BOV-010: Liquidity ManagementDate: 11/13/2015 Status: Final
The University desires to establish a liquidity management policy that documents its liquidity management practices.
There are no terms that require definition.
WHEREAS, the University manages its liquidity to provide for sufficient cash flow to support operations, satisfy the remarketing risk for its putable debt, and support its credit ratings; and
WHEREAS, the University wishes to formalize its liquidity management approach and establish parameters under which it manages its liquidity; and
WHEREAS, Chapter 9, Title 23 of the Code of Virginia of 1950, as amended (the "Virginia Code"), establishes a public corporation under the name and style of The Rector and Visitors of the University of Virginia (the "University") which is governed by a Board of Visitors (the "Board"); and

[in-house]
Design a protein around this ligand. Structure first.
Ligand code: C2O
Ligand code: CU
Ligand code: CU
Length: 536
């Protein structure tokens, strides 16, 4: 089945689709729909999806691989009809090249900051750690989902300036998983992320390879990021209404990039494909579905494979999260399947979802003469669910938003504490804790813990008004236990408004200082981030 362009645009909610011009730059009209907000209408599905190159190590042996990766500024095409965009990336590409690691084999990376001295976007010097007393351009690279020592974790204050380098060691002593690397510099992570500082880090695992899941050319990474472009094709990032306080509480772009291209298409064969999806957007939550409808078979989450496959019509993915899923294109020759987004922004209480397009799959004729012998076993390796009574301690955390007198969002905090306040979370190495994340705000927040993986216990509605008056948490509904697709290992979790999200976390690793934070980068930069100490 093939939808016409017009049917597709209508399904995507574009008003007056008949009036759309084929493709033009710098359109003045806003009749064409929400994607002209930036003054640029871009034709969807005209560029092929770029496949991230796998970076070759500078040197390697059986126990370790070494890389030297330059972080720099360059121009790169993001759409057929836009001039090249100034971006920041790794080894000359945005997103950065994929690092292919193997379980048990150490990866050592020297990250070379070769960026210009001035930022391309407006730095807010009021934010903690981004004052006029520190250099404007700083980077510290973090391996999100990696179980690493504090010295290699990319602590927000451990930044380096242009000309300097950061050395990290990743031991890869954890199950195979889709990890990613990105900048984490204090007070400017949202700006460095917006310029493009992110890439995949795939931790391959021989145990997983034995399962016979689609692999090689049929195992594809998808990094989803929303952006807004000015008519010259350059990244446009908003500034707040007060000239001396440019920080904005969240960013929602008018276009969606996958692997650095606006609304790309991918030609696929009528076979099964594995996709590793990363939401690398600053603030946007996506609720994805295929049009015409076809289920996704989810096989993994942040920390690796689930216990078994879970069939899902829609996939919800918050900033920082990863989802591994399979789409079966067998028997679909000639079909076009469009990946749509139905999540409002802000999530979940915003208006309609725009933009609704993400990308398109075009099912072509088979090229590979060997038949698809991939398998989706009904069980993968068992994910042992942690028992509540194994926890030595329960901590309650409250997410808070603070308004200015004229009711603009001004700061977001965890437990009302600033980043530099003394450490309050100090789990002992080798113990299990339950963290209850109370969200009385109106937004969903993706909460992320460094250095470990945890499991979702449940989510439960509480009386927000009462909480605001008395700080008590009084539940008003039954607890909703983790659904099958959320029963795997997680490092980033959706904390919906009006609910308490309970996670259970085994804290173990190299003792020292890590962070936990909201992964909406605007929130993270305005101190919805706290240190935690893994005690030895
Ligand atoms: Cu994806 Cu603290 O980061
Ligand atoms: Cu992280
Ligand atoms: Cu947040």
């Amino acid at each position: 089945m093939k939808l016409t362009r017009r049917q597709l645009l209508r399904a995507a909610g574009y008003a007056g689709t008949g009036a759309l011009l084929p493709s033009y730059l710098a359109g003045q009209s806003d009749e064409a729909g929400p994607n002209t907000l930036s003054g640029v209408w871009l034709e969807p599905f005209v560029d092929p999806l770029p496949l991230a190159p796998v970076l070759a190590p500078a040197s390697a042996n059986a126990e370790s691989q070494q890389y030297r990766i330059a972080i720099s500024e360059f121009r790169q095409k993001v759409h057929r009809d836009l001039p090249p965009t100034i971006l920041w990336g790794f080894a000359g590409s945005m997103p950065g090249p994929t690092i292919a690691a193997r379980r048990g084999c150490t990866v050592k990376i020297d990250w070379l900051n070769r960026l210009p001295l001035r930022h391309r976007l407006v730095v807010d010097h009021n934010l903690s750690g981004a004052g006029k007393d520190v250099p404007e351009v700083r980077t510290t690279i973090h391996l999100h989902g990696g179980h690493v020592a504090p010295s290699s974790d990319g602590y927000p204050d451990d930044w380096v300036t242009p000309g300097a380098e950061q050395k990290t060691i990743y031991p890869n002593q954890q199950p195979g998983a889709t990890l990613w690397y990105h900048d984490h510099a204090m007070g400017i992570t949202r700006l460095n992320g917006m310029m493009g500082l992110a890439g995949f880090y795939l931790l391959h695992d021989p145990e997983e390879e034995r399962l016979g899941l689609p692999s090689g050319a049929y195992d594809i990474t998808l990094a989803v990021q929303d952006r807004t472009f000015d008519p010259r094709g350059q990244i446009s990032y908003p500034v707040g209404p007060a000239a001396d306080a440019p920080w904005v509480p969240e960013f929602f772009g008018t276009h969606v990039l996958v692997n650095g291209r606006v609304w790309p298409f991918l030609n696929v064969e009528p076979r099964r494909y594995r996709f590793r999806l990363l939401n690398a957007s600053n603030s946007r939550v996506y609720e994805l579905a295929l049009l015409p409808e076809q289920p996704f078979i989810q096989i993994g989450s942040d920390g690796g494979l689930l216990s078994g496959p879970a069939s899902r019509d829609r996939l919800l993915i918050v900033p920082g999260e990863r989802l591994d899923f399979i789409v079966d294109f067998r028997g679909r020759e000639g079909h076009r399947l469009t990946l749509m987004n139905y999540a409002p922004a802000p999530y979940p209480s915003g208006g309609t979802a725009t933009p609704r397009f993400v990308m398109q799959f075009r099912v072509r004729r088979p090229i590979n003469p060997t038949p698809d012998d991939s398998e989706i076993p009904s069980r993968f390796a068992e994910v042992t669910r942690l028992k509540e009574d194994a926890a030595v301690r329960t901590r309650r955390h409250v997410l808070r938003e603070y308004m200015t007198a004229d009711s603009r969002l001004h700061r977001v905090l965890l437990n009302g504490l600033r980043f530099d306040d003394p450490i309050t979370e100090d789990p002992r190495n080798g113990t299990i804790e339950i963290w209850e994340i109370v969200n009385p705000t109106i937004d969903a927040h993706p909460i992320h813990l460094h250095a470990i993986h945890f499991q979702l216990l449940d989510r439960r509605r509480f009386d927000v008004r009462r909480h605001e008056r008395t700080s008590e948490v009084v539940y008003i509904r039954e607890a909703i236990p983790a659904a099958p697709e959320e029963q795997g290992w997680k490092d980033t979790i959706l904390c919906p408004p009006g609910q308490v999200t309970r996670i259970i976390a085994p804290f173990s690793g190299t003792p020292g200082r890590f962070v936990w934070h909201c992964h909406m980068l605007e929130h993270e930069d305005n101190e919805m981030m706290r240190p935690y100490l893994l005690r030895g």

WHEREAS, Title 23 of the Virginia Code classifies the University as an educational institution of the Commonwealth of Virginia; and
WHEREAS, by Chapter 4.10, Title 23 of the Virginia Code (as amended, the "Act"), the University entered into a management agreement with the Commonwealth of Virginia which was enacted as Chapter 3 of Chapter 933 of the 2006 Virginia Acts of Assembly, which, as amended, classifies the University as a public institution of higher education and empowers the University with the authority to undertake and implement the acquisition of any interest in land, including improvements on the acquired land at the time of acquisition, new construction, improvements or renovations and to borrow money and make, issue, and sell bonds of the University for such purposes, including the refinancing of any such facilities; and